A creator deity is a deity responsible for the creation of the world . In monotheism, the single God is often also the creator deity, while polytheistic traditions may or may not have creator deities...

 with certain unalienable Rights, that among these are Life, Liberty and the pursuit of Happiness.

An analysis of Jefferson's use of this phrase was provided by Garry Wills
Garry Wills
Garry Wills is a Pulitzer Prize-winning and prolific author, journalist, and historian, specializing in American politics, American political history and ideology and the Roman Catholic Church. Classically trained at a Jesuit high school and two universities, he is proficient in Greek and Latin...

, in his book Inventing America: Jefferson’s Declaration of Independence. While arguing against the commonly held belief that Jefferson took this phrase - but lightly - from Locke's "life, liberty, and property", Wills also argues against the belief that Jefferson was merely offering some vapid nicety, to which the government could not be held to account:

When Jefferson spoke of pursuing happiness, he had nothing vague or private in mind. He meant a public happiness which is measurable; which is, indeed, the test and justification of any government.

Towards a positive picture of Jefferson's non-vague and public "the pursuit of happiness", Wills suggests this quote from Adam Ferguson:

If, in reality, courage and a heart devoted to the good of mankind are the constituents of human felicity, the kindness which is done infers a happiness in the person from whom it proceeds, not in him on whom it is bestowed; and the greatest good which men possessed of fortitude and generosity can procure to their fellow creatures is a participation of this happy character. If this be the good of the individual, it is likewise that of mankind; and virtue no longer imposes a task by which we are obliged to bestow upon others that good from which we ourselves refrain; but supposes, in the highest degree, as possessed by ourselves, that state of felicity which we are required to promote in the world (Civil Society, 99-100).

Comparable mottos worldwide

This tripartite motto is comparable to "liberté, égalité, fraternité
Liberté, égalité, fraternité
Liberté, égalité, fraternité, French for "Liberty, equality, fraternity ", is the national motto of France, and is a typical example of a tripartite motto. Although it finds its origins in the French Revolution, it was then only one motto among others and was not institutionalized until the Third...

" (liberty, equality, fraternity) in France, "Einigkeit und Recht und Freiheit" (unity, justice and freedom) in Germany, "life, liberty, and prosperity" in Australia,, or "peace, order and good government
Peace, order and good government
In many Commonwealth jurisdictions, the phrase "peace, order and good government" is an expression used in law to express the legitimate objects of legislative powers conferred by statute...

" in Canada. It is also similar to a line in the Canadian Charter of Rights: "life, liberty, security of the person" (this line was also in the older Canadian Bill of rights, which added "enjoyment of property" to the list).

The phrase can also be found in Chapter III, Article 13 of the 1947 Constitution of Japan
Constitution of Japan
The is the fundamental law of Japan. It was enacted on 3 May, 1947 as a new constitution for postwar Japan.-Outline:The constitution provides for a parliamentary system of government and guarantees certain fundamental rights...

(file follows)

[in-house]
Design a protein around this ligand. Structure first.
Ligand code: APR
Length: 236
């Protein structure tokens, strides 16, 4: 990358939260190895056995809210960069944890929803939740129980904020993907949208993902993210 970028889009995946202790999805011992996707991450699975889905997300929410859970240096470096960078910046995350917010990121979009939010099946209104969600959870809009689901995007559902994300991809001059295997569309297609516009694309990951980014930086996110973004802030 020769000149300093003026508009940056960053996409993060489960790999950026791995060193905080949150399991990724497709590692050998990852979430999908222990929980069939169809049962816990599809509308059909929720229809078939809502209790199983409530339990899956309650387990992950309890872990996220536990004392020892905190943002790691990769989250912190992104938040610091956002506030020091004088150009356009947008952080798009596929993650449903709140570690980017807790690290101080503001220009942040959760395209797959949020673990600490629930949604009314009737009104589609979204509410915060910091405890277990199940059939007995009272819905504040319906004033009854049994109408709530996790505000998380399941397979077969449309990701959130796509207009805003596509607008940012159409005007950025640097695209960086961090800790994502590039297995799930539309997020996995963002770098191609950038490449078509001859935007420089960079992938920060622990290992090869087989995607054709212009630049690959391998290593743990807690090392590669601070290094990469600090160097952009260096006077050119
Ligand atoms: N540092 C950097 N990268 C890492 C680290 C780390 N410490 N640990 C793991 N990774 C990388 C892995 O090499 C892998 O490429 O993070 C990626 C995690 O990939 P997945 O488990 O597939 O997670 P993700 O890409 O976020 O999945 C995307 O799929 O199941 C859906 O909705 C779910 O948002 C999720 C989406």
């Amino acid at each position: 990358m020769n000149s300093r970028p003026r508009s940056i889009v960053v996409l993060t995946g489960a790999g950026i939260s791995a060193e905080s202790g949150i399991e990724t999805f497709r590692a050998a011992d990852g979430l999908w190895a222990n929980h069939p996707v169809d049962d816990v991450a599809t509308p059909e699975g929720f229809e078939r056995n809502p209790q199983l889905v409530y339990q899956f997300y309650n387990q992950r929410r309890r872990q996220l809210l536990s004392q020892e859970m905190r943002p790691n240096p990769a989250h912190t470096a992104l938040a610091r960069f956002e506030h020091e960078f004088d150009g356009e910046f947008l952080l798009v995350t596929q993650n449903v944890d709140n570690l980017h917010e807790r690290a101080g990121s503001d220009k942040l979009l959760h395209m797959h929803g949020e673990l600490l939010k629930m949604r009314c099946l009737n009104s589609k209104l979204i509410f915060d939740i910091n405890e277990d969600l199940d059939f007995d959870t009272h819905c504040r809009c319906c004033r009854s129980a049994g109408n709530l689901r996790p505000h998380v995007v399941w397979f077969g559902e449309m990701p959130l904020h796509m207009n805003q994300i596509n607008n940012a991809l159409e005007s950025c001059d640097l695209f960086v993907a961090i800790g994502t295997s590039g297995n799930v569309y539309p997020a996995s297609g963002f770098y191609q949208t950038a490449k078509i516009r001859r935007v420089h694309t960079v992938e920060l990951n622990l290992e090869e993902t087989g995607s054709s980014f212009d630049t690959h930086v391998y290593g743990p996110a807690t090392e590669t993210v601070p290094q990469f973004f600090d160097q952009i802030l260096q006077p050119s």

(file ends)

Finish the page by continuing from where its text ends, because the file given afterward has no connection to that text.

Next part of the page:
, and in President Ho Chi Minh
Ho Chi Minh
Hồ Chí Minh , born Nguyễn Sinh Cung and also known as Nguyễn Ái Quốc, was a Vietnamese Marxist-Leninist revolutionary leader who was prime minister and president of the Democratic Republic of Vietnam...

's 1945 declaration of independence
Proclamation of Independence of the Democratic Republic of Vietnam
The Proclamation of Independence of the Democratic Republic of Vietnam was written by Hồ Chí Minh, and announced in public at the Ba Đình flower garden on September 2, 1945. It led to the secession of North Vietnam.-History:Vietnam became a colony of France in the late nineteenth century...

 of the Democratic Republic of Vietnam. An alternative phrase "life, liberty, and property", is found in the Declaration of Colonial Rights, a resolution of the First Continental Congress
First Continental Congress
The First Continental Congress was a convention of delegates from twelve of the thirteen North American colonies that met on September 5, 1774, at Carpenters' Hall in Philadelphia, Pennsylvania, early in the American Revolution. It was called in response to the passage of the Coercive Acts by the...

. The Fifth Amendment
Fifth Amendment to the United States Constitution
The Fifth Amendment to the United States Constitution, which is part of the Bill of Rights, protects against abuse of government authority in a legal procedure. Its guarantees stem from English common law which traces back to the Magna Carta in 1215...

 and Fourteenth Amendment
Fourteenth Amendment to the United States Constitution
The Fourteenth Amendment to the United States Constitution was adopted on July 9, 1868, as one of the Reconstruction Amendments.Its Citizenship Clause provides a broad definition of citizenship that overruled the Dred Scott v...

 to the United States Constitution declare that governments cannot deprive any person of "life, liberty, or property" without due process of law. Also, Article 3 of the Universal Declaration of Human Rights
Universal Declaration of Human Rights
The Universal Declaration of Human Rights is a declaration adopted by the United Nations General Assembly . The Declaration arose directly from the experience of the Second World War and represents the first global expression of rights to which all human beings are inherently entitled...

reads, "Everyone has the right to life, liberty, and security of person."